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On my RSS feed the other day, I read that there’s a new tag cloud generator called Tagxed. I’ve never heard of it! In fact if you ask me to create a tag cloud of say Tiger Wood’s apology speech, I’ll say someone has done it already. But if you insist in having another one, I’ll go to Wordle to create the tag cloud.

Really Wordle is the only tag cloud generator I know until I read about Tagxed. So I shared it on facebook (as you do) which lead to an introduction to another tag cloud generator.

tag cloud sharing on facebook

tag cloud sharing on facebook

A google search gives me this list of other tag cloud generators. Have you tried any of them? Do you have a preference?

Here’s a look at the few mentioned above:

Wordle – already mentioned above. It’s the only I’ve used more than once. You have options of nearly 30 languages and fonts, various layouts, and different colour palettes. My preference is to randomize. However, if you want to take a copy of the image, you’ll have to do a screen grab. You can also send it to the gallery where you’ll get a URL address for your tag cloud. You can see a tag cloud of a recent blog post from Dan North (of Spectacular Attractions film blog) here. Note that by default, numbers and common words in the chosen language are removed. For Dan’s blog content, I allowed Wordle to use numbers. Otherwise, I would not get that big 3D in the tag cloud.

NB: I will be using the same content for other tag clouds shown below.

Tagxedo, released a few days ago, boasts of better algorithm than Wordle. According to the Washington Post, even Wordle creator (Jonathan Feinberg) regards it as next gen Worlde. A Wordle 2.0? In Tagxedo, I like that you can save the image on different resolutions from thumbnail (100×100) up to a 16mp image both on jpg and png formats. I prefer to have the list of options to be the other way around with changing shape first then colours last. There are many themes to choose from and about 35 fonts plus you can add more fonts if you wish. You can click on words on the tag cloud and change their directions. There are different shape options for your tag cloud (like a star here) and you can even use your own photo (tried this several times but it didn’t come out right) or make the tag clouds appear in a shape of a word. Pretty cool for something on beta.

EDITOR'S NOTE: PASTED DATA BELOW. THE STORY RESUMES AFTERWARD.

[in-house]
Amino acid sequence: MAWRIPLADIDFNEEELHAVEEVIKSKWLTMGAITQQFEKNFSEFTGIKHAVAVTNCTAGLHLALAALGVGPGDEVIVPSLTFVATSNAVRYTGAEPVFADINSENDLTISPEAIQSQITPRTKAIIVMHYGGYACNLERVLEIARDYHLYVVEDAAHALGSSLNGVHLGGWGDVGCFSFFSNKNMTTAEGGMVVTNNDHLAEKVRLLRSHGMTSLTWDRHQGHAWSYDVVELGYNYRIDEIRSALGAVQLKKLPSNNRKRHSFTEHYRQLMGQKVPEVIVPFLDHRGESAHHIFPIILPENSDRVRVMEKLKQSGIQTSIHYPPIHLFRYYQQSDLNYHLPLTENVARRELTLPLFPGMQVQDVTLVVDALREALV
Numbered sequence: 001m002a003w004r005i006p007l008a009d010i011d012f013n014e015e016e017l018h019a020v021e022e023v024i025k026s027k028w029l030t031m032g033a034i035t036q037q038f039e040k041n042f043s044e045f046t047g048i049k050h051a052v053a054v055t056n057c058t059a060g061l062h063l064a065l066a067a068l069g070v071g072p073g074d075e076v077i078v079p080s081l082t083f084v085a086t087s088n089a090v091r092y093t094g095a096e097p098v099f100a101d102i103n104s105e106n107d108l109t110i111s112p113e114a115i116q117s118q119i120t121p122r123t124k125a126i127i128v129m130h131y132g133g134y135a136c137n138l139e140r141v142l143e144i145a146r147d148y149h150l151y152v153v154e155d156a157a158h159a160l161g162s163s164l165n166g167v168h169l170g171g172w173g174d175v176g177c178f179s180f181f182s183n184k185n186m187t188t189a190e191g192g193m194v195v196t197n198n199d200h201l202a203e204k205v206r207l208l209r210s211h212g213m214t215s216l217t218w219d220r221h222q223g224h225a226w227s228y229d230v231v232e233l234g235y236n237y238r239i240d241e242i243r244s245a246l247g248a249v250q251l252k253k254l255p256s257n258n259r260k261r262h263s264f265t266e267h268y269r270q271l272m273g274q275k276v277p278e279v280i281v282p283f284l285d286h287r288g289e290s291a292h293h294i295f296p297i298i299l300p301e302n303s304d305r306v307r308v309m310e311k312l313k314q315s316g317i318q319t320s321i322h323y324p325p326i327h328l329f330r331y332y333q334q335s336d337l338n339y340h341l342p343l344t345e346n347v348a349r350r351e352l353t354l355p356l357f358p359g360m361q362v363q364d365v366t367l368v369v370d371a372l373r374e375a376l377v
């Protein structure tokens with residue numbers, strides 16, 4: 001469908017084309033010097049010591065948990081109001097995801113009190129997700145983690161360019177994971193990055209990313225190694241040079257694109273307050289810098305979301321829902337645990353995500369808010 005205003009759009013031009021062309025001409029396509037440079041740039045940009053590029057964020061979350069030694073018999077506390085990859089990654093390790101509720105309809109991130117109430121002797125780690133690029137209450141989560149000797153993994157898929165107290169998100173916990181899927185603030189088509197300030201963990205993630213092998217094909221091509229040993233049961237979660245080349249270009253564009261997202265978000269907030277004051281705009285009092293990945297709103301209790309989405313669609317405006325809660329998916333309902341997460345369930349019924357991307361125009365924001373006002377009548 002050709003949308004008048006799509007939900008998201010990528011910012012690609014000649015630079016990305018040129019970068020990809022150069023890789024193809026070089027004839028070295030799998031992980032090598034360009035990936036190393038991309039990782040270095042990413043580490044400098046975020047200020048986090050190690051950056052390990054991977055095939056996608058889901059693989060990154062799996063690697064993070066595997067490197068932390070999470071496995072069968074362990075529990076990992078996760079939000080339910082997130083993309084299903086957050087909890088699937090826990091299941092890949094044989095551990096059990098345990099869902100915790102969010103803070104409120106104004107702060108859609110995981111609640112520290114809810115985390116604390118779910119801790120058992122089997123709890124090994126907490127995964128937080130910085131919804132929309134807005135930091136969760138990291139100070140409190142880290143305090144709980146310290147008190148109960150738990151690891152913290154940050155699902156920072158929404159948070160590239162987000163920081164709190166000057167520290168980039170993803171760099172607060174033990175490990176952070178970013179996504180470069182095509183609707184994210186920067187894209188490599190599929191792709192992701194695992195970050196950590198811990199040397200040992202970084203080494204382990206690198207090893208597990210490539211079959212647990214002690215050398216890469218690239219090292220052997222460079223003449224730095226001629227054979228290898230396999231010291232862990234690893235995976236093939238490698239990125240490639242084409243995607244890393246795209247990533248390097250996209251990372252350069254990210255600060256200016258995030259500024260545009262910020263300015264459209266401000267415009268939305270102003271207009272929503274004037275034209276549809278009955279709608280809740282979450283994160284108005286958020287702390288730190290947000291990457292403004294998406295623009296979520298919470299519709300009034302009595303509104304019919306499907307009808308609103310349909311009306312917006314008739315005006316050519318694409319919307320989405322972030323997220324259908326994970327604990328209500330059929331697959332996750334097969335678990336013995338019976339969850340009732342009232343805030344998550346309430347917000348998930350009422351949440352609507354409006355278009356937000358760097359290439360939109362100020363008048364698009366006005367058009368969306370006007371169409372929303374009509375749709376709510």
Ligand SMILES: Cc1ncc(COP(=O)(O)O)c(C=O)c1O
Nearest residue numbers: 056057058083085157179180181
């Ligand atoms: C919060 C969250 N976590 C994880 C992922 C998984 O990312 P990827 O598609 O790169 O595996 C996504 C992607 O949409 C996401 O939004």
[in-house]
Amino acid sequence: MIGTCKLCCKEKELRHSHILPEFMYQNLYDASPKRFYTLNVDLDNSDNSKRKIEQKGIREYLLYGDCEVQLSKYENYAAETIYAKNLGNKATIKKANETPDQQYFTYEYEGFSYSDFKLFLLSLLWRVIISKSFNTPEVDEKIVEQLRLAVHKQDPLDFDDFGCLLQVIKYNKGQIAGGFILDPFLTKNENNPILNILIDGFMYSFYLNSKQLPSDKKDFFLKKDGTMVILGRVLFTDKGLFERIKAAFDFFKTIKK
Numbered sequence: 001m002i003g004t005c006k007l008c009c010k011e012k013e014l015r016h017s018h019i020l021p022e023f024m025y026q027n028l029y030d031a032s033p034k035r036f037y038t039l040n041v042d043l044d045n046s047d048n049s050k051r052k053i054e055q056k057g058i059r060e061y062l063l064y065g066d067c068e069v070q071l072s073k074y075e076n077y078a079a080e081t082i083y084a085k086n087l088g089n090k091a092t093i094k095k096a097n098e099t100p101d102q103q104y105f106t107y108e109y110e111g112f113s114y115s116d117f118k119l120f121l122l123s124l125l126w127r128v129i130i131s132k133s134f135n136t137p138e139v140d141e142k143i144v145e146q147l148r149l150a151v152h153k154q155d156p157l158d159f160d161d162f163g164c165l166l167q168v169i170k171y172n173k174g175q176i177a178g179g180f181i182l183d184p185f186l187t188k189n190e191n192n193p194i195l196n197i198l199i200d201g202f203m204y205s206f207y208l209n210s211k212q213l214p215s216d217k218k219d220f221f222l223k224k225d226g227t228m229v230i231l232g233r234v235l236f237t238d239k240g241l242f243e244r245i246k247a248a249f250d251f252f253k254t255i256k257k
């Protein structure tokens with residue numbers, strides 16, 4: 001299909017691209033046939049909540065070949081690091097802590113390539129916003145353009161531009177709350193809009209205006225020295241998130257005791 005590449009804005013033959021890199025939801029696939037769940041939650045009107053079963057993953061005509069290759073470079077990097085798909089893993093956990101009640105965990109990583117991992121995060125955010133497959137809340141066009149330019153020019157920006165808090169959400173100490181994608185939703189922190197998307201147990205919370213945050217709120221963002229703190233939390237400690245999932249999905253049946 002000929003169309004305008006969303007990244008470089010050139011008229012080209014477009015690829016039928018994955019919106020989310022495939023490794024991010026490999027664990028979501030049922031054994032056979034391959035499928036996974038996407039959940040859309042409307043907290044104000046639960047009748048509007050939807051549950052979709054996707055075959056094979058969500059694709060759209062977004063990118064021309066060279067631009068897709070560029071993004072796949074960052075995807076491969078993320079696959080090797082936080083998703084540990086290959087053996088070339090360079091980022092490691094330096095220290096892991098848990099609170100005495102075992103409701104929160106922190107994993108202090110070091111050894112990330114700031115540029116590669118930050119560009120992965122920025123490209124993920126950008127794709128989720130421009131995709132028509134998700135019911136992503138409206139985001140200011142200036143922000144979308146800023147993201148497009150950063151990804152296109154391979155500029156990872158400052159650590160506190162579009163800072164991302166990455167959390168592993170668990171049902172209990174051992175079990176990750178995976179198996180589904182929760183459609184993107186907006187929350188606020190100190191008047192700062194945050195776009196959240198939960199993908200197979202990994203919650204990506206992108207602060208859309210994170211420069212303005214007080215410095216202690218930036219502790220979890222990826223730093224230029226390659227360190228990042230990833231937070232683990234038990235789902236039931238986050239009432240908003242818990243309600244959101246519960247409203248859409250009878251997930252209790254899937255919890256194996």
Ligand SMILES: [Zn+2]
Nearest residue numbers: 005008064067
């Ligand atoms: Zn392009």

Tagxedo sample

Tagxedo sample

Tagul (not my favourite name for a tag cloud generator) is the creation of a guy from Russia called Alex who was inspired by Wordle to create something more functional. Each tag in the cloud are click-able and will lead to a google search of the word. I put in my sample text and when I fetched the tags, I was told that the max tag limit is 300 (see screenshot) so only the first 300 popular tags are going to be used. You can get an image by doing a screenshot but that really defeats the purpose intended by Alex in his design. At the moment you can create 20 free tag clouds. As he said on his blog, “Tagul is a startup and I am going to make a profit on this venture some day”. Good luck to him.